Dog aggression can be a troublesome and dangerous thing, both for you and the dog. Dogs may exhibit different types of aggression, some focused on humans, some on other dogs, some on potential prey, and some overlapping, according to Working Dogs. The practice of using electric shock collars is controversial among some trainers, though many advocate it as a reasonable training tool if applied correctly.
Behavioral studies found that aggressive dog behavior can stem from a variety of sources. Some of these sources may be genetic, innate instincts. This is common in dogs who growl and bark at other dogs, as the behavior may be a territorial reaction. Genetics also lead certain breeds of dogs to bark or charge at small animals, as the "prey" instinct takes over. The most important first step is to identify exactly what is causing the aggressive behavior in the dog. Is it only other dogs? Is it humans on the street? Is it humans approaching or entering the house? Does a specific person or dog trigger the dog's aggression? By identifying the exact cause, you will better be able to apply the correction.
Shock Collars as Correction
Leerburg, a company specializing in dog training, recommends using an electric shock collar only as a correction for a specific behavior. A correction is some sort of negative reinforcement, such as a jab to the ribs, a pull on the collar or a small shock made in association with a negative behavior. Corrections are proven to reduce undesirable behavior. Leerburg recommends applying the correction, in this case a shock from the collar, while also saying a loud, scolding phrase, such as "leave it." This way, the dog will understand that the correction is coming from you and will respect your dominance.
A Last Resort
Some trainers, such as K-9 Aggression, recommend shock collars only as a last resort. In fact, they argue, shock collars can actually increase aggressive behavior, especially if applied incorrectly. Any localized pain, including pinched collars and hitting, can have this negative effect and should be reserved for extreme circumstances. They also recommend training with an expert before applying such a method.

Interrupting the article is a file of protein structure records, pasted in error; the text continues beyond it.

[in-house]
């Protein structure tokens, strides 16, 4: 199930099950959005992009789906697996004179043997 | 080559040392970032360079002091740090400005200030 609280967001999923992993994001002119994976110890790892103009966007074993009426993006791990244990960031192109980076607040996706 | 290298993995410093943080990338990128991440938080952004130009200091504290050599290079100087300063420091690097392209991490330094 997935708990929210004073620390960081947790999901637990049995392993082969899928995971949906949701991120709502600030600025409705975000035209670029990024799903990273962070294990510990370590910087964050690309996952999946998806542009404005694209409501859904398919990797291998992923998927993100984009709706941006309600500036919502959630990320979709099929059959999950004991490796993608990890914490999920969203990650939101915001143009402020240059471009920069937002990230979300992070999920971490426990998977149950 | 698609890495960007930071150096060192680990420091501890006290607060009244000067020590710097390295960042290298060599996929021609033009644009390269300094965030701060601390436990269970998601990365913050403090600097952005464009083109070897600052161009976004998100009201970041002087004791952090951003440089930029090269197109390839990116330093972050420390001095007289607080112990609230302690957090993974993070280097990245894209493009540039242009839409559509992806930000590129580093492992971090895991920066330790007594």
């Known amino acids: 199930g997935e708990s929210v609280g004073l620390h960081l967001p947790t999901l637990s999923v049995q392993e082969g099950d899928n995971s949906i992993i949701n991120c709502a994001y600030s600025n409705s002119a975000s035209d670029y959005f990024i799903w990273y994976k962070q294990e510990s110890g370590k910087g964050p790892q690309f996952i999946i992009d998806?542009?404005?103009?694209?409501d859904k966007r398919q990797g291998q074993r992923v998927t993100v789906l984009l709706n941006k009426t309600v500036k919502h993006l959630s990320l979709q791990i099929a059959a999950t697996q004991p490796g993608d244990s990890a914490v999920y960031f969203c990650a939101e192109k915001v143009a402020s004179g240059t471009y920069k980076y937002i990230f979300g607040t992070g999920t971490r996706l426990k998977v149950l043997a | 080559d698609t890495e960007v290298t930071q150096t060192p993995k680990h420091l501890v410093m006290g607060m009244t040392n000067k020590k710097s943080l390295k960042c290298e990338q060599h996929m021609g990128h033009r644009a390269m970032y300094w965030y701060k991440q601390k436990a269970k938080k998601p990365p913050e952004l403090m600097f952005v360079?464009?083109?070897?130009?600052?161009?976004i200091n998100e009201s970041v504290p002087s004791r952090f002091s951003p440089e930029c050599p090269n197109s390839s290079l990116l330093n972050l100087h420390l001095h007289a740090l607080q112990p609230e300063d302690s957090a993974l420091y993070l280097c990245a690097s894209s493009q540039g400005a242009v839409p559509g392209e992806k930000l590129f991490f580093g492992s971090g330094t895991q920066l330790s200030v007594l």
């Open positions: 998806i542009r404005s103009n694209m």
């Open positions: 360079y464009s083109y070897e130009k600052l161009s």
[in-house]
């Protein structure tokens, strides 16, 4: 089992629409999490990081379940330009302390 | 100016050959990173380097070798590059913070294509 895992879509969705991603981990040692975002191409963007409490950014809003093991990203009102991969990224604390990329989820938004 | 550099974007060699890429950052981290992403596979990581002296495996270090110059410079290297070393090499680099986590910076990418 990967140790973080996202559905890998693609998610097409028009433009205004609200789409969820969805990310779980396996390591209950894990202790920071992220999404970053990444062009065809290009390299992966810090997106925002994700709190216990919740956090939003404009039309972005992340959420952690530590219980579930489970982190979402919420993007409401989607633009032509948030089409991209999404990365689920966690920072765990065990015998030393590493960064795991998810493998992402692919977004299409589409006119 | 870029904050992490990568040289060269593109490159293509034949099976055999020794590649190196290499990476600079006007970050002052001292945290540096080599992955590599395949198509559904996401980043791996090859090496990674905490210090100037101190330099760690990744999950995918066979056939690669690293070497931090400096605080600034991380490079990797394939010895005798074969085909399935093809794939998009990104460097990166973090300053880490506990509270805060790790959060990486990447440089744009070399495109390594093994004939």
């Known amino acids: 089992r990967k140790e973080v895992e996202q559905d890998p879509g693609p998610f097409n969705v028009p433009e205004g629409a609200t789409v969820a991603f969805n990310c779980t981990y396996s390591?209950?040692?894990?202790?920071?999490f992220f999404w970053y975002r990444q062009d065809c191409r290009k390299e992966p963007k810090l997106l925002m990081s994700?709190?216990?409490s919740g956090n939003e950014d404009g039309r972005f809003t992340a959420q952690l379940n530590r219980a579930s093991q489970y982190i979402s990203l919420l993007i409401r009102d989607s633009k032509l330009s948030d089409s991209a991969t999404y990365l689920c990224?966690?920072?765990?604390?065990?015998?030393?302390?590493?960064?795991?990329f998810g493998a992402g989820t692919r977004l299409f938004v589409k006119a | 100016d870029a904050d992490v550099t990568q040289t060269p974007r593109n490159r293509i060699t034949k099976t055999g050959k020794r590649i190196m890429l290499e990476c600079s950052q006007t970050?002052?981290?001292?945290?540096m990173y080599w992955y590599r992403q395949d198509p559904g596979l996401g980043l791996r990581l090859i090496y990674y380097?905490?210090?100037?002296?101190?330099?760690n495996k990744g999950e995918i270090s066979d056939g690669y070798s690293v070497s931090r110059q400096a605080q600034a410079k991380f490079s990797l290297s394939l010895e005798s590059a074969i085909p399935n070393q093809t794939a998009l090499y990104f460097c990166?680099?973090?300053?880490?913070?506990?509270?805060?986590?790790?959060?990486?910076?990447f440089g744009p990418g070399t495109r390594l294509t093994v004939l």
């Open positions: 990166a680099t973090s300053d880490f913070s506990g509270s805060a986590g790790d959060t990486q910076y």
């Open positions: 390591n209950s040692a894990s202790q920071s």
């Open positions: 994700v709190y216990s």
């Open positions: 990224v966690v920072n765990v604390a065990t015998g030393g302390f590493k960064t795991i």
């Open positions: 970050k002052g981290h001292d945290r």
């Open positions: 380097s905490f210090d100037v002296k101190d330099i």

Most trainers agree that other methods, such as knocking the dog off-balance with the tug of a leash, are preferable first steps. But, if these methods are ineffective, you may need to use a shock collar. One problem may be that you are not physically strong enough to provide an adequate correction to the dog, in which case an electric collar could be quite useful. If you do use an electric collar, you must use it consistently and fairly. Use the above information to identify the exact problem behaviors, and only apply the shock when the dog exhibits that behavior. Using the shock collar at times when the dog is not explicitly exhibiting the problem behavior will create confusion and paranoia in the dog, leading it to possibly greater behavioral problems.
If you have a small dog, under 20 pounds, you will need to purchase a specialty electric collar that does not pack the same shock as the standard electric collar. The Innotek SD-70 Lap Dog collar is an example of an electric collar with less electric stimulation, as well as a lighter-duty feel. Most electric collars also have adjustable levels of intensity. It is best to begin with the lowest level of intensity and work your way up if the dog is not responsive to the correction. The point is not to inflict pain on the dog but to startle it. Many manufacturers describe the sensation as similar to a static shock from touching a car door handle.
Ray Dallas graduated with majors in journalism and English. While in Florida, he wrote freelance articles for "The Alligator" and was the copy editor and a writer for "Orange & Blue." Since moving to California, Dallas has worked as a script reader and for a talent manager, as well as taking numerous industry odd jobs.